Ya'll, parenting is kind of, you know, hard. There I said it. And I don't mean it in the sarcastic and funny "meme about mom's drinking wine out of sippy cups to get by" kind of way, but genuinely difficult.
I spent the morning at a parent/teachers conference. (You read that right, teacherS....with an "S". Because there is nothing more intimidating than a meeting with a teacher...except a meeting with 2 teachers.) There were many feelings after that meeting, but one surprising one was relief. Sometimes it's nice to know that everyone is on the same page and just wants what's best for the kids. All the other feelings were made better by an immediate trip to Starbucks. (Because Priorities.)
I then went to Kroger to gather all the goodies for my daughter's birthday weekend. I walked the aisles struggling with the resentment of buying ingredients and making recipe plans to celebrate the one who made it possible for me to meet with 2 teachers earlier today. Don't get me wrong, all of my kids' teachers are quite friendly and very very good at their job, but I have always been a bit nervous around administrators and I strictly avoid confrontation as a rule. Needless to say, I was a bit out of my comfort zone this AM. Thus the bitterness.
So there I am roaming around Kroger dealing with my feelings with ear buds in my ears when I get an encouraging text from a Godly friend. I had sent a text novella to my core group of friends and they had all responded with wonderful mom encouragement. (side note: all moms need friends like these.) But this one friend said exactly what I was thinking at that moment....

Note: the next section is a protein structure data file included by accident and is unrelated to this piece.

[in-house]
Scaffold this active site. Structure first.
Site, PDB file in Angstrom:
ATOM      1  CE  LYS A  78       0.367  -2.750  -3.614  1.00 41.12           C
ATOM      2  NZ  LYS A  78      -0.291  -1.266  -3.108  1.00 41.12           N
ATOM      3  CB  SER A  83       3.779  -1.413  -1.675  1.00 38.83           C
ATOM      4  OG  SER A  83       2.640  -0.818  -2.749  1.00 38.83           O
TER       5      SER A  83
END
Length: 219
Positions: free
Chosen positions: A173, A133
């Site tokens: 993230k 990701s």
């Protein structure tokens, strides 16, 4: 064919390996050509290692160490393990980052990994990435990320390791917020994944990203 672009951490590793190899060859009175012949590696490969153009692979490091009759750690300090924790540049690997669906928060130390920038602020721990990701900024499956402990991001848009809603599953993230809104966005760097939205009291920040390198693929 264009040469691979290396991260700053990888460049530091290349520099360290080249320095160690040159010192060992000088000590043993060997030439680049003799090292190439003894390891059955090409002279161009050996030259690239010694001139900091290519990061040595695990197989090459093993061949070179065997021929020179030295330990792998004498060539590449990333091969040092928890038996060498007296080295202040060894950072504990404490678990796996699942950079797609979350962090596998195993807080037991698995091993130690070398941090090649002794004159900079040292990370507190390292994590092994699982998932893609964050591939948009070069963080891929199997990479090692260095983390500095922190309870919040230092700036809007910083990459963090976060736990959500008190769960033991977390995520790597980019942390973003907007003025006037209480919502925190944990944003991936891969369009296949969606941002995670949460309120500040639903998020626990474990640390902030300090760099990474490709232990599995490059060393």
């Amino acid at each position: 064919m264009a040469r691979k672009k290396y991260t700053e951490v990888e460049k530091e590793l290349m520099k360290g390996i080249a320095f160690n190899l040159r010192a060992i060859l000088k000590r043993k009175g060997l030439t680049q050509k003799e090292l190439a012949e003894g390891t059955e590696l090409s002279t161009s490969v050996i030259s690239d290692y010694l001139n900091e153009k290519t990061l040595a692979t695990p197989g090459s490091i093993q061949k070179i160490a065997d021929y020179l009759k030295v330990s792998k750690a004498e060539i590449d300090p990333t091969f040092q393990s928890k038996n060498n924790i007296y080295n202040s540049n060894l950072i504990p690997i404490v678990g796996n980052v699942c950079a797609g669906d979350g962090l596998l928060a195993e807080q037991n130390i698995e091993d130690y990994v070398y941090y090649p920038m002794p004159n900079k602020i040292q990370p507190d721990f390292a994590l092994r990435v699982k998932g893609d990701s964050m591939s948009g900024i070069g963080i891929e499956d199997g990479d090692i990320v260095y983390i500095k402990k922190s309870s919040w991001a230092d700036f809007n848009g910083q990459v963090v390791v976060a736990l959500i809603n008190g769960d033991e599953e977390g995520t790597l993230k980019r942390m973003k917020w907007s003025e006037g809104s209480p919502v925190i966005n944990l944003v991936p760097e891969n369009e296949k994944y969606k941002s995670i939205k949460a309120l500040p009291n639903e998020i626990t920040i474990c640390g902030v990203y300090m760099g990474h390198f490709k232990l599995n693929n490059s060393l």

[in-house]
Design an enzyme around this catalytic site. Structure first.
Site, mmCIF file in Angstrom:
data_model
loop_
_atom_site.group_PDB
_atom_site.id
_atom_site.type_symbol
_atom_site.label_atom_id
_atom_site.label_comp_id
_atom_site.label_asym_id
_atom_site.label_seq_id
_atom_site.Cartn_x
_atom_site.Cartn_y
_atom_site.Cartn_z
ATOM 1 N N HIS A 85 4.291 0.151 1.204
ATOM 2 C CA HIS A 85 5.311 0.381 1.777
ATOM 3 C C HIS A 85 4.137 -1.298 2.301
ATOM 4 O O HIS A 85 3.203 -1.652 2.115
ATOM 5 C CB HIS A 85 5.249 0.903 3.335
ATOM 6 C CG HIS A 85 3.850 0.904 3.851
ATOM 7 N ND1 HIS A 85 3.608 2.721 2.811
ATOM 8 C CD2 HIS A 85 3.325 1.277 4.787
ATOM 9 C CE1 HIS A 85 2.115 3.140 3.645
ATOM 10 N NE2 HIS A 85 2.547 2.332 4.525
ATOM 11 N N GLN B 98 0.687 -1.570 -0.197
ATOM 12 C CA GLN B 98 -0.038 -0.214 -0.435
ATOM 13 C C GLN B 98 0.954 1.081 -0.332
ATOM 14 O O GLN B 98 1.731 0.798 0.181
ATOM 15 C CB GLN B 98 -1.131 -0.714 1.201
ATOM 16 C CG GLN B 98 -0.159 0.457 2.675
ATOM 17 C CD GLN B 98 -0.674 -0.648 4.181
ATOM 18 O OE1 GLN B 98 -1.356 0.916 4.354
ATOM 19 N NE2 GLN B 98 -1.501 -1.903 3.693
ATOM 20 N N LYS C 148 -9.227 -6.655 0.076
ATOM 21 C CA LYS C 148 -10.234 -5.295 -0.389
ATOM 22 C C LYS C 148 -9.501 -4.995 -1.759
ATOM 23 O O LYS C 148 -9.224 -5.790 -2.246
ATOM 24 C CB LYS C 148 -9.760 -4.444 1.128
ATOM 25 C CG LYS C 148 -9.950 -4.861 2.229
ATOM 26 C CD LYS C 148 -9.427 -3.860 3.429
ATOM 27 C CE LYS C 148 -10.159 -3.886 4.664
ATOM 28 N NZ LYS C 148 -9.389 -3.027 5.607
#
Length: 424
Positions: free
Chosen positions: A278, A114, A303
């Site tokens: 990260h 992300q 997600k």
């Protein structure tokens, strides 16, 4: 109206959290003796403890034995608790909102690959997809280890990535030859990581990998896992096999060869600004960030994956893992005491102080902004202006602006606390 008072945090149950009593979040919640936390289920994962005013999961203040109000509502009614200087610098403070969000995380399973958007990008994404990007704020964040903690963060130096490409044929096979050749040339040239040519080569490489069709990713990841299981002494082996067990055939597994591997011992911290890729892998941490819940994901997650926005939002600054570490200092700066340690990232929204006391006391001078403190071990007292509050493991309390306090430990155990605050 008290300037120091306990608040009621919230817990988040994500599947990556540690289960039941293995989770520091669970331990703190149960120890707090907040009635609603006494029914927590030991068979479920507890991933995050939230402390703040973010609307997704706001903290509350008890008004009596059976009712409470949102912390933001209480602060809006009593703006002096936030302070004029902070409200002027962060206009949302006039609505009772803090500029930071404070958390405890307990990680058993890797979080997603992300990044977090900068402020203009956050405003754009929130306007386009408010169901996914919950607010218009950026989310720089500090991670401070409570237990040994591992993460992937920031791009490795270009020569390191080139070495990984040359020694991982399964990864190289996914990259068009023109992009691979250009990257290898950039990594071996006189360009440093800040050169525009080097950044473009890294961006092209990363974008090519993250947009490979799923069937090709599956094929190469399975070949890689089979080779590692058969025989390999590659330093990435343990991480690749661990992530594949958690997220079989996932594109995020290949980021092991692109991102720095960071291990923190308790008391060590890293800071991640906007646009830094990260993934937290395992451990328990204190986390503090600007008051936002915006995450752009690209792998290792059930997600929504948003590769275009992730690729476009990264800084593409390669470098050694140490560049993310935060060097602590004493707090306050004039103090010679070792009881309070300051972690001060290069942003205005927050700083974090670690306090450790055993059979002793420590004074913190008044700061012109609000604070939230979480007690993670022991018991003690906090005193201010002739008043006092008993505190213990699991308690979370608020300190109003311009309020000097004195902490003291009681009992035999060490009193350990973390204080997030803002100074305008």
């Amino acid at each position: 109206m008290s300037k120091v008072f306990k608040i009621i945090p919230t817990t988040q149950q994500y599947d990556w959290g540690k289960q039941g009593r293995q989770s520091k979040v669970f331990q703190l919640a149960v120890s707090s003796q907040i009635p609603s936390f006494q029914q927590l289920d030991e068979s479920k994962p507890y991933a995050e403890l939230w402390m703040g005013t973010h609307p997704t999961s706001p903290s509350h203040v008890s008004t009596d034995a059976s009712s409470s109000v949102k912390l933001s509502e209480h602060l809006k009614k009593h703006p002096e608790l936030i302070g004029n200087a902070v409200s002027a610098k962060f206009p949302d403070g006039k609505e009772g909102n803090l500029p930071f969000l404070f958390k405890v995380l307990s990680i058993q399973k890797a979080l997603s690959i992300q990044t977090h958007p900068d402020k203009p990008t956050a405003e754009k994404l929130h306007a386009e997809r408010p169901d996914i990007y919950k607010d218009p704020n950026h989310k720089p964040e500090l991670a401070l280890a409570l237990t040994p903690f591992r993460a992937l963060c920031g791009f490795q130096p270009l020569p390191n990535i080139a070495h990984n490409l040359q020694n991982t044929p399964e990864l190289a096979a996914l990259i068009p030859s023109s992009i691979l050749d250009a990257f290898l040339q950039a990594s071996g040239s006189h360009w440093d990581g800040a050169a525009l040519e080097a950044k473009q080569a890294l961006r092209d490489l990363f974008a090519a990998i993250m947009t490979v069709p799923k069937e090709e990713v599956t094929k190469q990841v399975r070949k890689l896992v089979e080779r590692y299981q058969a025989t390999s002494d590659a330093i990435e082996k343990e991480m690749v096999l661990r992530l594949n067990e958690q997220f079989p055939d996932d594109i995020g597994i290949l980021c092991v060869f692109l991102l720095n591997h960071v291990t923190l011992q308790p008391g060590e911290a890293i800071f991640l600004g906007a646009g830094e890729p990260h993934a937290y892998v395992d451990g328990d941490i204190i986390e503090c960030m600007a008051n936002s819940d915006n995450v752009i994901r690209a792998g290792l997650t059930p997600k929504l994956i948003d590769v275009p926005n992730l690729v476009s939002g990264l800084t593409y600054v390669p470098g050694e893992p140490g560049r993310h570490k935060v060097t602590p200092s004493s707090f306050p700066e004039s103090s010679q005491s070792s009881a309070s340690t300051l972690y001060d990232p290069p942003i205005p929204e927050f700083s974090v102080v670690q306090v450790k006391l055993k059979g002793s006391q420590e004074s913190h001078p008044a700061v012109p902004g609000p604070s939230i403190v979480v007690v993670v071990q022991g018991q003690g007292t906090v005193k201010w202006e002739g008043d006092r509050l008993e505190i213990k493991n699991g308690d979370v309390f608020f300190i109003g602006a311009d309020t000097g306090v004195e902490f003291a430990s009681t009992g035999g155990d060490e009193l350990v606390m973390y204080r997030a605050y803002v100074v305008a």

"This parenting gig leaves little rest for the weary. Sometimes I wish we were back in the toddler/newborn stage."
Isn't that just exactly it? I just started crying right there next to the marshmallows. I really never thought I would long for those sleep deprived, spit up covered days. When they were babies, I dreamed of a time when I would get to sleep 7 hours at night and wake up to an alarm clock instead of a crying infant. I looked forward to taking showers and putting on make-up and jeans that buttoned and going to exciting places like Kroger, Target, and (dream of all dreams) Starbucks all by myself.
I just knew that once I made it past this "just keep everyone alive" stage that I will have made it to the easy part of parenthood. (I can hear my mom laughing all the way from Mississippi right now.) I really never thought about what kind of personalities they would have or how that would play out in the future. Well, maybe I did, but I think I just assumed they would be awesome. (because obviously)
I thought that I would be so great at this parenting thing that they would become perfected little versions of me and Steve. Only our good parts and none of our bad parts. Little people that would light up any room. They would be kind and funny and caring and love God and love people and (even though they constantly fought with each other at home and disobeyed us from time to time) would be model citizens in the world. They would be PERFECT.
How completely naive and unfair of me.